For example, if someone speaks to you in a way that you find demeaning, the person who has good boundaries would perhaps tell that person, “when you shout at me like that, it makes me feel _____. If you do that again, I’m going to walk away/ put down the phone, etc” and then do it.

You can’t control the person’s behavior but you can control your exposure to it.

The reason boundaries are so important is because it’s one of the main reasons women especially take on commitments they don’t really want to do, and then subsequently don’t have enough time to enjoy their own lives:

Here are two incidents that happened to me in the last 3 days and that show some other boundary situations:

Incident 1

Three of us did group personal training sessions for two months last year until I pulled out. You’d think I’d enjoy the group interaction and I do… just not while personal training. I eventually realized that I need (and want) the trainer to solely focus on me – what I’m doing wrong, where I’m battling, encourage and support me 100%. When I pulled out, I decided that if I went back, I’d only do one-on-one sessions. That was my personal boundary.

This year my gym employed a new personal trainer. I set my sessions up and arrived last week to find someone else in the session with me. I didn’t make a big deal seeing as it was our first session but it niggled at me until I checked with the trainer and yes, indeed, two other people would be joining one of my two weekly sessions, at a reduced rate for all of us, of course.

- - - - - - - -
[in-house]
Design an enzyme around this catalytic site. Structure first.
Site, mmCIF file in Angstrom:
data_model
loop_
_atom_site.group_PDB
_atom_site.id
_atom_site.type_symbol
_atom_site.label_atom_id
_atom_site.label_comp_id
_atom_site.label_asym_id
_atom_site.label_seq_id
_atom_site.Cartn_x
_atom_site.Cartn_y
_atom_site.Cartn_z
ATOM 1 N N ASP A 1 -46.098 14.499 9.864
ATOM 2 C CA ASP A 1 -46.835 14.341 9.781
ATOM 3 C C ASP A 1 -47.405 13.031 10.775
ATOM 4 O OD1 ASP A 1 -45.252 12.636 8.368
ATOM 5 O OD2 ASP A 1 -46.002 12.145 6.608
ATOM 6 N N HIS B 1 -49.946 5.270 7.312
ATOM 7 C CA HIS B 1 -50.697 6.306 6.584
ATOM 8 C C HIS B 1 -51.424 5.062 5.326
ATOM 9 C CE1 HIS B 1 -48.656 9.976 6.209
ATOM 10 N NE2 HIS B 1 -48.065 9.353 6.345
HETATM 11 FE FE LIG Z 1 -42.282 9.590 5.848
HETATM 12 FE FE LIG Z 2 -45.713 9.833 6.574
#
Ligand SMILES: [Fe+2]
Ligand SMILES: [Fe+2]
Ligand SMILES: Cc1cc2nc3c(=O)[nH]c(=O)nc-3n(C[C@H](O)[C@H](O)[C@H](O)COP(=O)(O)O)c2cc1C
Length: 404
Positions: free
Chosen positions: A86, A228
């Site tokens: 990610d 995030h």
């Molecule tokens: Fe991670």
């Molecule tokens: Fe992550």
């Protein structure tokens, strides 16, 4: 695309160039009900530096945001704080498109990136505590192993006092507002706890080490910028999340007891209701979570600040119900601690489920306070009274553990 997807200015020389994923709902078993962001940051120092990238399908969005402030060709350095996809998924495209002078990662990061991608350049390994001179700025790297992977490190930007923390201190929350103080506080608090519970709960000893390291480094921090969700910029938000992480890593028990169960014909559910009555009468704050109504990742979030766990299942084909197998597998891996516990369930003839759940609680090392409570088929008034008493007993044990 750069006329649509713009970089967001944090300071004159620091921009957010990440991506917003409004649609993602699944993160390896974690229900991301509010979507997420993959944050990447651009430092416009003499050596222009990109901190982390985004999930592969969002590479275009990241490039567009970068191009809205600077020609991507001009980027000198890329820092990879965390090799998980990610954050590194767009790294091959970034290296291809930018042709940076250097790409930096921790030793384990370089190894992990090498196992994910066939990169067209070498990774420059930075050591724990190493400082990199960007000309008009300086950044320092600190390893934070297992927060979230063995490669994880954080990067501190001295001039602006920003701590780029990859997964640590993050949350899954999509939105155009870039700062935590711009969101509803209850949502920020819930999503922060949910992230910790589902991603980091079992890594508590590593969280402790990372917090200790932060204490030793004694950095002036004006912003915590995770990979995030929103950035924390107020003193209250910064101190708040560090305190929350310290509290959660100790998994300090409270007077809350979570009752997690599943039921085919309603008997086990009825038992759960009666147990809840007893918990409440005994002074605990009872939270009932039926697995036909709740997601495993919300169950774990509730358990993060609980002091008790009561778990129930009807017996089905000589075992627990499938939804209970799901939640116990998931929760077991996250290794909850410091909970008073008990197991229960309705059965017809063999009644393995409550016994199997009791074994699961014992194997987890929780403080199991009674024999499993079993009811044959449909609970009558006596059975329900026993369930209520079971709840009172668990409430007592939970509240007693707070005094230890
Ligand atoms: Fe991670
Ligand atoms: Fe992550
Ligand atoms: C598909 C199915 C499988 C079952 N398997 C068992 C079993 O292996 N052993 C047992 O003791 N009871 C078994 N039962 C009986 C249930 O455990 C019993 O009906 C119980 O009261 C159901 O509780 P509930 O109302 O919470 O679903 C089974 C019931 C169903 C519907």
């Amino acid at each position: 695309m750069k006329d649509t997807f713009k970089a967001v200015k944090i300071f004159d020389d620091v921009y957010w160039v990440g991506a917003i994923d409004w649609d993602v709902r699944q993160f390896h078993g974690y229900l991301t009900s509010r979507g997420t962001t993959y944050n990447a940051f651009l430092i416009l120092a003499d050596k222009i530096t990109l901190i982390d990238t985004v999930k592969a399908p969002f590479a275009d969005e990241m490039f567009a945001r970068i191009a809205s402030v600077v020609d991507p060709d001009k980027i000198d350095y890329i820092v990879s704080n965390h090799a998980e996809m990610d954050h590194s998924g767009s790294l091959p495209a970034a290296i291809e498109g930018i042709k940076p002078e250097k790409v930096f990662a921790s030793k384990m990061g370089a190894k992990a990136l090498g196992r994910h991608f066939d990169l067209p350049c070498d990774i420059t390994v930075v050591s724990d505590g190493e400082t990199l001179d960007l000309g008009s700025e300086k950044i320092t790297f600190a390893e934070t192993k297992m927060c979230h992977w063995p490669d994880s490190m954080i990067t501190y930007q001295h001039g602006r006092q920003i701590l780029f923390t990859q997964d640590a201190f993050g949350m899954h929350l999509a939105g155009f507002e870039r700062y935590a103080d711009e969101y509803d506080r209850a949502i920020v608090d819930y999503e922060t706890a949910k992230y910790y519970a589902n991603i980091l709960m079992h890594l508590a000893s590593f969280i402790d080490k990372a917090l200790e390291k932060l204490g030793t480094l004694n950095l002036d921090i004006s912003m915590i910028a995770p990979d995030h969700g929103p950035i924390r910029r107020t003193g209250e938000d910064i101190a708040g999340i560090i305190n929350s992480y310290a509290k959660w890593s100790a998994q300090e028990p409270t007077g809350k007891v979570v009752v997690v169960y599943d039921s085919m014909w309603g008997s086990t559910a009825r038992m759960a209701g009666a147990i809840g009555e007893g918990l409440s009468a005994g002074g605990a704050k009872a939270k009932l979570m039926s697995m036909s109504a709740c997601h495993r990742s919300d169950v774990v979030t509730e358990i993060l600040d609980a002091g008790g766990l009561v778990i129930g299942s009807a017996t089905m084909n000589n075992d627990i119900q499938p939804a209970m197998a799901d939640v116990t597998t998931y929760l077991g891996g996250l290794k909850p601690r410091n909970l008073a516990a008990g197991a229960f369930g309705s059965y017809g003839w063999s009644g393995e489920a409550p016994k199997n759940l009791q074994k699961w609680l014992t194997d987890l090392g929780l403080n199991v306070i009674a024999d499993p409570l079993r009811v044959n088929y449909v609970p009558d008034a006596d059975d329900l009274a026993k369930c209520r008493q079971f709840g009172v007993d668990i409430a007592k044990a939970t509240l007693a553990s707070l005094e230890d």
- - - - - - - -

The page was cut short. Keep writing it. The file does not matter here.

I sent one or two more emails on Monday mentioning that I’d booked her for that time first and when I got an email back, I realized this was going to be better spoken about in person. You can always tell these things!

When I went for my session that evening, I had a moment where I wondered if I want to be that person who makes a big deal about everything. Then I realized that this is important to me – getting fit and healthy is one of my biggest goals for the year – and I need to address this issue.

So I did. And it was totally fine. The other ladies are being moved to another day. Success.

Incident 2

I booked a 30-minute massage. I was early enough to be ready on the table at the appointed time. The therapist did the massage, her finishing routine and left the room. I looked at my watch – only 20 minutes had elapsed.

Again I had a decision to make. I didn’t like this therapist’s style – she seemed too rushed and in a hurry to get me done – so I probably wouldn’t go back since I go get massages for relaxation and nothing else. Should I still talk to her about the quick massage?

I’m a believer both that things get easier the more you do them but also that other things get more difficult if you let them slide.

I didn’t want to create a habit where I start shying away from dealing with things so I mentioned to her that the massage was actually only 20, and not 30 minutes. She was most apologetic and told me her watch is probably fast….. that wasn’t the issue for me. I wanted her to know and apologise, which she did.